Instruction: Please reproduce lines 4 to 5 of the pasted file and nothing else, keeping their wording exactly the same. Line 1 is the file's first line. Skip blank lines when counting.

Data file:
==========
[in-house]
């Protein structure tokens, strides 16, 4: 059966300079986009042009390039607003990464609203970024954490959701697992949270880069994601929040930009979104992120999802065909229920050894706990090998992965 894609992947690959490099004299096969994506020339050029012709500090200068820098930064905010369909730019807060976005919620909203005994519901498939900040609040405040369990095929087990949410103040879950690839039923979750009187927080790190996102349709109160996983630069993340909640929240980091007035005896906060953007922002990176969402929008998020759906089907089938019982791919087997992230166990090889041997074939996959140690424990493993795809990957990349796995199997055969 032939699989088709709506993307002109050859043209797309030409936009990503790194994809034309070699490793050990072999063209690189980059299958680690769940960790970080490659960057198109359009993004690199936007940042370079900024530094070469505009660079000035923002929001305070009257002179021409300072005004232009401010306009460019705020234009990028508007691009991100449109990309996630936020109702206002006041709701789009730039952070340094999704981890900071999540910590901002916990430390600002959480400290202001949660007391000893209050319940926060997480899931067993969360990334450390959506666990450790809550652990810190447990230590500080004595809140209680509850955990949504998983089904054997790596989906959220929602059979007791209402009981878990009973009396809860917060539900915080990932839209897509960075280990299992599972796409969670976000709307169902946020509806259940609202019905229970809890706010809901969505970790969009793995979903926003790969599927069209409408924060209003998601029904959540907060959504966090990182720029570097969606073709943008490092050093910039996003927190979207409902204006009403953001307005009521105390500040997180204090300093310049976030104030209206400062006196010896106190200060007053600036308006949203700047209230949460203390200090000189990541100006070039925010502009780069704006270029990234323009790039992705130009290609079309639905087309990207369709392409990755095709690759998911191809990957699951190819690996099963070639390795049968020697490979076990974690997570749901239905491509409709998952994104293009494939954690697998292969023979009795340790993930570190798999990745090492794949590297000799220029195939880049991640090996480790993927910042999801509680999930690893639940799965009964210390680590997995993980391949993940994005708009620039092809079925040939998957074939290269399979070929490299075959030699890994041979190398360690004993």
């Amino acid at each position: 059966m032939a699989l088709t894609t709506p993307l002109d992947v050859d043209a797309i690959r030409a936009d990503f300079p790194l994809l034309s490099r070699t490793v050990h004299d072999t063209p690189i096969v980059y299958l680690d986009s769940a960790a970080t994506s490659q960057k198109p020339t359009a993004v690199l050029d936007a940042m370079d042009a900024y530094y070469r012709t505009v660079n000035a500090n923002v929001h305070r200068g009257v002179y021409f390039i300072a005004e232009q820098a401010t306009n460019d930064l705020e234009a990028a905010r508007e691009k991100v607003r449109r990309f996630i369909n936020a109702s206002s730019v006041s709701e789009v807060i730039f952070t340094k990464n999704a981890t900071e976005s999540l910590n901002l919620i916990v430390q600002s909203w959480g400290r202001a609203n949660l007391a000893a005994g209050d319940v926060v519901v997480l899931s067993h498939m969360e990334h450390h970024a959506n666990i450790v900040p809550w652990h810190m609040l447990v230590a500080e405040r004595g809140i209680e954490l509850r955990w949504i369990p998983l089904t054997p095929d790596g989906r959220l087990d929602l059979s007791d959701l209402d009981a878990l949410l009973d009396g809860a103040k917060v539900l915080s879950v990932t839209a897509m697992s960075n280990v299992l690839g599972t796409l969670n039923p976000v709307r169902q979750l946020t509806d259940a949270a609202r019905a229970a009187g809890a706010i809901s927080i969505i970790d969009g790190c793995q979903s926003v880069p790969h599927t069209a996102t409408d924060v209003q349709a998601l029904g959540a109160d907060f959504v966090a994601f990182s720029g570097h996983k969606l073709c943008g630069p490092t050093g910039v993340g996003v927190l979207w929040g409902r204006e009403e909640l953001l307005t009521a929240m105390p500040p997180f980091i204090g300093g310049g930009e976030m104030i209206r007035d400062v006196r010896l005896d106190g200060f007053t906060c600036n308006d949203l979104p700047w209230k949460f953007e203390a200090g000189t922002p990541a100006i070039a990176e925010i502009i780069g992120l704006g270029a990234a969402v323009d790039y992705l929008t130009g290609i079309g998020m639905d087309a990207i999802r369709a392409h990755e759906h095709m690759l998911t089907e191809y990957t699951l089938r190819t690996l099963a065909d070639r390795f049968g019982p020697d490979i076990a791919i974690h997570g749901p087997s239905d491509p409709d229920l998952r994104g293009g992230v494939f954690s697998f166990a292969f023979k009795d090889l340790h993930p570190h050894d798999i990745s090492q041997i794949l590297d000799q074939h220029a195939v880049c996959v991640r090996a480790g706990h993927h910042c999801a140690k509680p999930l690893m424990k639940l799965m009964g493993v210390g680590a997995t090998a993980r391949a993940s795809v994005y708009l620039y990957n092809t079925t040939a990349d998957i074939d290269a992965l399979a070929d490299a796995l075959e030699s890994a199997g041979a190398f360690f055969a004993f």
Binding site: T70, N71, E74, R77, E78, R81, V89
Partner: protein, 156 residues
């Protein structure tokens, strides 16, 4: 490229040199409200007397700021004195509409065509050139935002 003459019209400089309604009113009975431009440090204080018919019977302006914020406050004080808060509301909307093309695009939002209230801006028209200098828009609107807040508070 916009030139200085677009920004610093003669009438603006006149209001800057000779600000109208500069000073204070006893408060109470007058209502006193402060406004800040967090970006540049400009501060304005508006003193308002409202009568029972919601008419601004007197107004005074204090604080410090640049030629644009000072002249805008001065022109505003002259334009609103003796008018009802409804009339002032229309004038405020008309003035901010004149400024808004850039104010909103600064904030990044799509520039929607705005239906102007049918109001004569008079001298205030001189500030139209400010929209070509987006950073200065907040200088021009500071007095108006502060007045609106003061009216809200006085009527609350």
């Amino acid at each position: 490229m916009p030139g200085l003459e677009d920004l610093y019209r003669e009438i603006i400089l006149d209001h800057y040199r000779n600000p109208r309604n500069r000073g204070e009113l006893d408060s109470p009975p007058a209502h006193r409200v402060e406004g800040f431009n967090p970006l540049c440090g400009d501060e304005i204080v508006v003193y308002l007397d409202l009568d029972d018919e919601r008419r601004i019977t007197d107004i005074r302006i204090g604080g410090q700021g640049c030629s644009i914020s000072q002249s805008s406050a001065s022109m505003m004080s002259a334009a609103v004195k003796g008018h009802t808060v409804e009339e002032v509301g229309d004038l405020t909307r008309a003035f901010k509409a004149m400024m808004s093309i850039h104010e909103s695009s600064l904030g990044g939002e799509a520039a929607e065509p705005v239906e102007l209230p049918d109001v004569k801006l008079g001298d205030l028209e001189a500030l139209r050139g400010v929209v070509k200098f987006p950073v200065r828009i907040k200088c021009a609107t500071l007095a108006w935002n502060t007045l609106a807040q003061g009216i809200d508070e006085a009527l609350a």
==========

Binding site: T70, N71, E74, R77, E78, R81, V89
Partner: protein, 156 residues